Unlike almost every other country in Central and Eastern Europe, Poland has never established a comprehensive restitution regime for private property (though a concordat signed in 1997 regulates the restitution of communal Jewish property), meaning that prewar property owners and their heirs—whether Jews or non-Jews, Polish citizens or not—must apply through the court system, often a long and arduous process that in many cases bears no fruit.
In October, however, Poland’s ruling Law and Justice Party published a series of proposals that, if enacted, would effectively bring property restitution to an end. Under the proposals, restitution would cease, and compensation would be capped at 20 percent of the property’s prewar value, or 25 percent in Polish government bonds. Only Polish citizens would be eligible for compensation, and applications would be restricted to the spouses or direct descendants of prewar owners making applications from within the country. Anyone who has given up their Polish citizenship or served in a foreign military force would be excluded. Only the heirs of property-owners who were resident at the time of nationalization would be eligible to apply.
The proposals prompted a fiercely critical response from a number of foreign governments and organizations representing Jewish claimants, who argue that the conditions as outlined in the proposals would end the hopes of virtually all Holocaust survivors of making successful claims. In December, the U.S. Senate passed legislation calling for the State Department to monitor and report on whether countries are meeting their commitment to adopt national laws and policies to help Holocaust survivors identify and reclaim their properties.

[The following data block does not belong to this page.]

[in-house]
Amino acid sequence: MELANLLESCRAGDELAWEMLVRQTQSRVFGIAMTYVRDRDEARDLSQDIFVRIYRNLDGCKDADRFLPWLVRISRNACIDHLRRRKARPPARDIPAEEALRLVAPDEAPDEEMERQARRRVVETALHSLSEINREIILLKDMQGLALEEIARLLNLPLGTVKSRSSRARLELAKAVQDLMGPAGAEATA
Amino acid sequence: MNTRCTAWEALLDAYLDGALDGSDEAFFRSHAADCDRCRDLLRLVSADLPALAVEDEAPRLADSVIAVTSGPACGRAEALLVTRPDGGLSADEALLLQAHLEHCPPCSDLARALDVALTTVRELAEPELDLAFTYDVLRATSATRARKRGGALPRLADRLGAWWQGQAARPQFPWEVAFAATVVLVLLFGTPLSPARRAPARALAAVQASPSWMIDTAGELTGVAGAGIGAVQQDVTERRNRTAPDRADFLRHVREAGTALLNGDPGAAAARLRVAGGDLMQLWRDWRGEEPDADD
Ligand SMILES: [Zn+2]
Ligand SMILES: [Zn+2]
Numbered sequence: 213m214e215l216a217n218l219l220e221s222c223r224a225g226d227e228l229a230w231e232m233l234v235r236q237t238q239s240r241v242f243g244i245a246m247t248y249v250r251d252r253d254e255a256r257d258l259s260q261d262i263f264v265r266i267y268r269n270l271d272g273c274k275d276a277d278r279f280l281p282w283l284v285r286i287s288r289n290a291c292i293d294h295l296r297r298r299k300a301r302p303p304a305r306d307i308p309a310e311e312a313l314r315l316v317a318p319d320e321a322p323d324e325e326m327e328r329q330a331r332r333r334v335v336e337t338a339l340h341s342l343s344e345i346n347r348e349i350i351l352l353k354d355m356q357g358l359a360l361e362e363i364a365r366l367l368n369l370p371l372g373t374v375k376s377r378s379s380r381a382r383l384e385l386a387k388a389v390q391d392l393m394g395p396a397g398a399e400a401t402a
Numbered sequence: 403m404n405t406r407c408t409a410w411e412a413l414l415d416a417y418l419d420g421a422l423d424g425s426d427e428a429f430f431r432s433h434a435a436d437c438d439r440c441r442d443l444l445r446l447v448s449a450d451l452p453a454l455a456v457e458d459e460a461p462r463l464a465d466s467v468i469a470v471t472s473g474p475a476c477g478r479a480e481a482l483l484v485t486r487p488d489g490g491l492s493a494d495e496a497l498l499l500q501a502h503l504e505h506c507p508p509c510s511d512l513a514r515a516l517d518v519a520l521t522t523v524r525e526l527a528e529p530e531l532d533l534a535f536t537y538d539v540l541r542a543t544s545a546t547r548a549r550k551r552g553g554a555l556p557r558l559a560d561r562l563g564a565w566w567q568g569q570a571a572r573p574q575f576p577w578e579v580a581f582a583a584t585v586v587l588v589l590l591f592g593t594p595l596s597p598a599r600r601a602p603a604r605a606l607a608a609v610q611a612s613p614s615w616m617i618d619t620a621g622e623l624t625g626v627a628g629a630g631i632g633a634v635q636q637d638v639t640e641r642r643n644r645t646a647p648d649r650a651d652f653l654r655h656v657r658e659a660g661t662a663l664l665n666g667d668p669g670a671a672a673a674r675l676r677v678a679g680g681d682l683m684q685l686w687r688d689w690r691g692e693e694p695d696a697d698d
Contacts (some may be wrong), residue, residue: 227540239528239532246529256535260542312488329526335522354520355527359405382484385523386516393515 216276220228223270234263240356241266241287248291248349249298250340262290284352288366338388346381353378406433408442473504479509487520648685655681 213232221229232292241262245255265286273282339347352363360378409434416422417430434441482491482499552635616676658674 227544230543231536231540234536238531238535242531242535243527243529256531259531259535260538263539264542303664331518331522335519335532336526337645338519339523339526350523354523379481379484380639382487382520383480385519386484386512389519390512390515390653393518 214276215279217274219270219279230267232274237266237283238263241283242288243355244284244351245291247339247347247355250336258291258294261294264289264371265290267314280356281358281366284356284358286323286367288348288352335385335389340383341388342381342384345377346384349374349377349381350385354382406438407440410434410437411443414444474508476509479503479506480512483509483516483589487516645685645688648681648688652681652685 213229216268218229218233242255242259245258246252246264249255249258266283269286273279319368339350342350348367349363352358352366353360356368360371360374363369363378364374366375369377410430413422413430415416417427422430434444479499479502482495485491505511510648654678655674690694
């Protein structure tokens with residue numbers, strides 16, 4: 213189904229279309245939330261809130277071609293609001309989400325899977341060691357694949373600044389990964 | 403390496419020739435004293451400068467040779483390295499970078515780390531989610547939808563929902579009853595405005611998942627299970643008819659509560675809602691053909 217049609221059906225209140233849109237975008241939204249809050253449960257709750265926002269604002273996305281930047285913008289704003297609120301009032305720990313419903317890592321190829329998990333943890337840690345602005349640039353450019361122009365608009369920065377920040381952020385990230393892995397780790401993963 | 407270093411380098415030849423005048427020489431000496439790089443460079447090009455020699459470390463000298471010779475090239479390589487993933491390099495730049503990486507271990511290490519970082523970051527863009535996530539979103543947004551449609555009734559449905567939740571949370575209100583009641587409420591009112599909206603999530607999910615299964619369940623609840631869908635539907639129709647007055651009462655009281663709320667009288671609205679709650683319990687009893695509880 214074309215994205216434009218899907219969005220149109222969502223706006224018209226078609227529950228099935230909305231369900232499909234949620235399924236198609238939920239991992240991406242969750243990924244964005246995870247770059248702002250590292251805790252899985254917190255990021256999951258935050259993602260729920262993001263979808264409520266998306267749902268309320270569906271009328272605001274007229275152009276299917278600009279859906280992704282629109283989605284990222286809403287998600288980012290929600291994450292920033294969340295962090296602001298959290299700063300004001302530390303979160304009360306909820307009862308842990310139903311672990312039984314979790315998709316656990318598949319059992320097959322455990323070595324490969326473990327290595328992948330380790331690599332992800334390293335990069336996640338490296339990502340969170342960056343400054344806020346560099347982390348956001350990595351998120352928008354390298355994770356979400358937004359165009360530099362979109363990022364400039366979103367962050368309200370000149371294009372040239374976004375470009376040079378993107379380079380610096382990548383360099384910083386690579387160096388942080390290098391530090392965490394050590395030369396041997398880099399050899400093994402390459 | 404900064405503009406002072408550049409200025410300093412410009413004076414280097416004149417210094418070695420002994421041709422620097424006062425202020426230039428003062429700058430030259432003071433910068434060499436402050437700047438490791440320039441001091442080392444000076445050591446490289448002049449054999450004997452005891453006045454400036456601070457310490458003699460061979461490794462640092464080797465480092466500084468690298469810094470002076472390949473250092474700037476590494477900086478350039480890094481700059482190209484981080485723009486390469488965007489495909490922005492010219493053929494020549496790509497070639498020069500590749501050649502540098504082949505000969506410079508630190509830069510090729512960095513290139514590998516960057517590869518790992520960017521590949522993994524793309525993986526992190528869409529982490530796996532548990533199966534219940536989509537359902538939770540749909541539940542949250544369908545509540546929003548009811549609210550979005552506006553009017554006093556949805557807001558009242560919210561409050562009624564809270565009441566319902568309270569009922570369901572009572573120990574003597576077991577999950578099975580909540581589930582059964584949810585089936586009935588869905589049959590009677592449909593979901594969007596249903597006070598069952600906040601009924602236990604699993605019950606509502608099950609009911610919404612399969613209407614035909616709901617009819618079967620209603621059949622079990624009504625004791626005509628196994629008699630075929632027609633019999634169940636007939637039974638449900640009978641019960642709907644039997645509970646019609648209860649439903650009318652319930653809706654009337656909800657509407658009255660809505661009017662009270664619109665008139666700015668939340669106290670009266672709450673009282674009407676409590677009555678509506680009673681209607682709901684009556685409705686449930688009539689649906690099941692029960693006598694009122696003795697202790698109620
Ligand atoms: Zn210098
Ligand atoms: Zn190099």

Even though non-Jewish Poles often have similar difficulties in securing restitution or compensation, the realities both of the Holocaust and the subsequent departure from Poland of the majority of surviving Polish Jews mean that in practice, Jewish claimants very often find it much harder to make progress than their local non-Jewish counterparts.
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